🍁 After Nevernight, I dove into the sequel, Godsgrave. You can find my full review of it here.

🍁 Did you see my review of Spellmaker, and wonder about the first book? Check out my full review of Spellbreaker here.

Book Recommendations, Reviews & Bookish stuff on other blogs

🍁 For a review of Black Sun, an adult sci-fi fantasy adventure book, check here.

🍁 Looking for some fantasy standalones? Check them out here.

🍁 Looking for more books with queer characters? Check out this list with books coming out in 2021.

It's a Wrap!

I hope you enjoyed my reviews or any of the other recommendations and blog-posts I linked here in my February 2021 reading wrap-up. I hope it helps you choose your next read for March 🙂

So, what will I be reading in March?

I’m still reading Darkdawn, so I hope to finish it this month. Other than that, I have some Netgalley books: Max and the Spice Thieves, and Penumbra. Both are releasing in April. I’ll see if I have time for more books after I finish those.

So, what did you read in February? Which was your favorite? And what are you planning to read in March?

Let me know in the comments!

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2 thoughts on “February Reading Wrap-up: What to Read Next”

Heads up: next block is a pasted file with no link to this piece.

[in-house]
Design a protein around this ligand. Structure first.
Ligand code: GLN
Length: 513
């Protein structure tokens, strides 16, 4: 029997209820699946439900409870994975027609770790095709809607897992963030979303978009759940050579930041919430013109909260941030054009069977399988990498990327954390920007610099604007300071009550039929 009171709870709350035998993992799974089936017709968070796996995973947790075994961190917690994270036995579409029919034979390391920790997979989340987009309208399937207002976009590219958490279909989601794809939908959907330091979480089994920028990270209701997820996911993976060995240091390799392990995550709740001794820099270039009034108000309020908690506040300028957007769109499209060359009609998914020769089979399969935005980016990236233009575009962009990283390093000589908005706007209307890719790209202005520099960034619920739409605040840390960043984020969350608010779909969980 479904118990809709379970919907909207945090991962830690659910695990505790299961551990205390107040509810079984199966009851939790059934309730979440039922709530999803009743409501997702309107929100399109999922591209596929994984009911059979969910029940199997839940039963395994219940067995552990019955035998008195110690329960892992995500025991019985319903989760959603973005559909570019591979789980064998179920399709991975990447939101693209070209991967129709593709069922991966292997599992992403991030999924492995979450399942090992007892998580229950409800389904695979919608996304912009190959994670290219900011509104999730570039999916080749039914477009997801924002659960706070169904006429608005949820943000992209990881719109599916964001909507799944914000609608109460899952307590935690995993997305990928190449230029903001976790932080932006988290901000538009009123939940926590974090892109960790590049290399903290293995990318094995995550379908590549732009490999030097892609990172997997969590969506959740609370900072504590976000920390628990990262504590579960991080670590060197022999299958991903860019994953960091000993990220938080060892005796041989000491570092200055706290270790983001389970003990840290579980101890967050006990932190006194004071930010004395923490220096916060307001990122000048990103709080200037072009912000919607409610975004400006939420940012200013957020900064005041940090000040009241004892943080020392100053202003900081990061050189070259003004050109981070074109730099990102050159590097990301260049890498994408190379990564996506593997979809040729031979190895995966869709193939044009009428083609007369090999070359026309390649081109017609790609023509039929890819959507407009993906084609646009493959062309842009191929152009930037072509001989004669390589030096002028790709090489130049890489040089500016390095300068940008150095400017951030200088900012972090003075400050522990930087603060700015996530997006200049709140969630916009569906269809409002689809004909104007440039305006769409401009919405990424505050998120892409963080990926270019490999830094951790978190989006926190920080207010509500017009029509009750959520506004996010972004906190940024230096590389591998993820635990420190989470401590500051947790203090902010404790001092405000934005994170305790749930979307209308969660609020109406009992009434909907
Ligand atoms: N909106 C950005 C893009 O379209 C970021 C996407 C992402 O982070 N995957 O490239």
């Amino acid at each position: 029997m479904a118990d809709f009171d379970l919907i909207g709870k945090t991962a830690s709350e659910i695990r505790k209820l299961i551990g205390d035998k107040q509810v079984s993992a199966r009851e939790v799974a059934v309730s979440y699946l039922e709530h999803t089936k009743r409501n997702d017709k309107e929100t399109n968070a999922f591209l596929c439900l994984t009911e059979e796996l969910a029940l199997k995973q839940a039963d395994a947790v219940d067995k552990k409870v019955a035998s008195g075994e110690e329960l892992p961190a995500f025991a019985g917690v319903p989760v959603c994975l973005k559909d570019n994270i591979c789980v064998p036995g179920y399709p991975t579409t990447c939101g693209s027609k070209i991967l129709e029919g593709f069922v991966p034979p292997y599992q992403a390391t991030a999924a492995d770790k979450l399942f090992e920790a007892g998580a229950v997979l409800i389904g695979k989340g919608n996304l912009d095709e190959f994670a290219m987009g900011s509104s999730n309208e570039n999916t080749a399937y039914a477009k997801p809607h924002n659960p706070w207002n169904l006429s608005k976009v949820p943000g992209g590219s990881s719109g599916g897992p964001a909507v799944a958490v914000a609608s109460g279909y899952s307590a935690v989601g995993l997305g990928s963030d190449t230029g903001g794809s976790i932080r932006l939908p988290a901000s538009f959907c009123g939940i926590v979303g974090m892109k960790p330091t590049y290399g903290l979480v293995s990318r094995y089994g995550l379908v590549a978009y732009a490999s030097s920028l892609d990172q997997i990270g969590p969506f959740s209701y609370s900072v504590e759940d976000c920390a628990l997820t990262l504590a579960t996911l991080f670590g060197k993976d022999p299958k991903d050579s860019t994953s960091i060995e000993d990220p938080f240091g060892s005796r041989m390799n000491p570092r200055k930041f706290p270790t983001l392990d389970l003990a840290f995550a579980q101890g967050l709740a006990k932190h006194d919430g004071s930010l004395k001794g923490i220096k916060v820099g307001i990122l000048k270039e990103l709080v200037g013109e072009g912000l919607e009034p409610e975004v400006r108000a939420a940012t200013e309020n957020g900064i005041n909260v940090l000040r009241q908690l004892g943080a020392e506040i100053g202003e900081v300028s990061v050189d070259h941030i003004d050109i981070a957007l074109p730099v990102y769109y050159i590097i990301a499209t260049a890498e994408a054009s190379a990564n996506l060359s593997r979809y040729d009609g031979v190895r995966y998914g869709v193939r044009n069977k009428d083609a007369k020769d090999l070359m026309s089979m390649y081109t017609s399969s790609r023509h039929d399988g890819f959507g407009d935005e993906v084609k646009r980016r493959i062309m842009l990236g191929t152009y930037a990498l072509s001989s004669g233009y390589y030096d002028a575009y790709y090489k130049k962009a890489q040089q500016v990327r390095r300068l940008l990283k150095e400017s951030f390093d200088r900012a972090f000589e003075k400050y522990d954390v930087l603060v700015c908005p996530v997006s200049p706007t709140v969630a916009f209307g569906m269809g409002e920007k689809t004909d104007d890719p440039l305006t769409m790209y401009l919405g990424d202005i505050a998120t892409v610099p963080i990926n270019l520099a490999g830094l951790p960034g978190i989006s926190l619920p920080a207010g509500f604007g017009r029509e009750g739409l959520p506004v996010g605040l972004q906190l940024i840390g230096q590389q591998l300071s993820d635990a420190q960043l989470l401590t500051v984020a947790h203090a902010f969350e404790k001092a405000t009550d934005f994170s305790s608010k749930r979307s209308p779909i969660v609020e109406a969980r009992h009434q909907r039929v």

1. Hi Iris,
    I just read your stunning review for a Dream to Die For!
    Thanks so much. I haven’t checked reviews in ages, as you can see, but this made my day. Glad you liked it. Coming out in audio in June!

    1. Hi Susan,
      Thanks for your comment! I can imagine it can be tough keeping up with the reviews, but you’re very welcome 🙂
      Nice to hear there’s going to be an audio version!

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Thanks for visiting my little bookish corner on the internet. I’m Iris Marsh, a passionate reader & writer. On here, you can find full book reviews, along with monthly mini-reviews, new releases, and more bookish stuff. If you want to know more about me, just click here.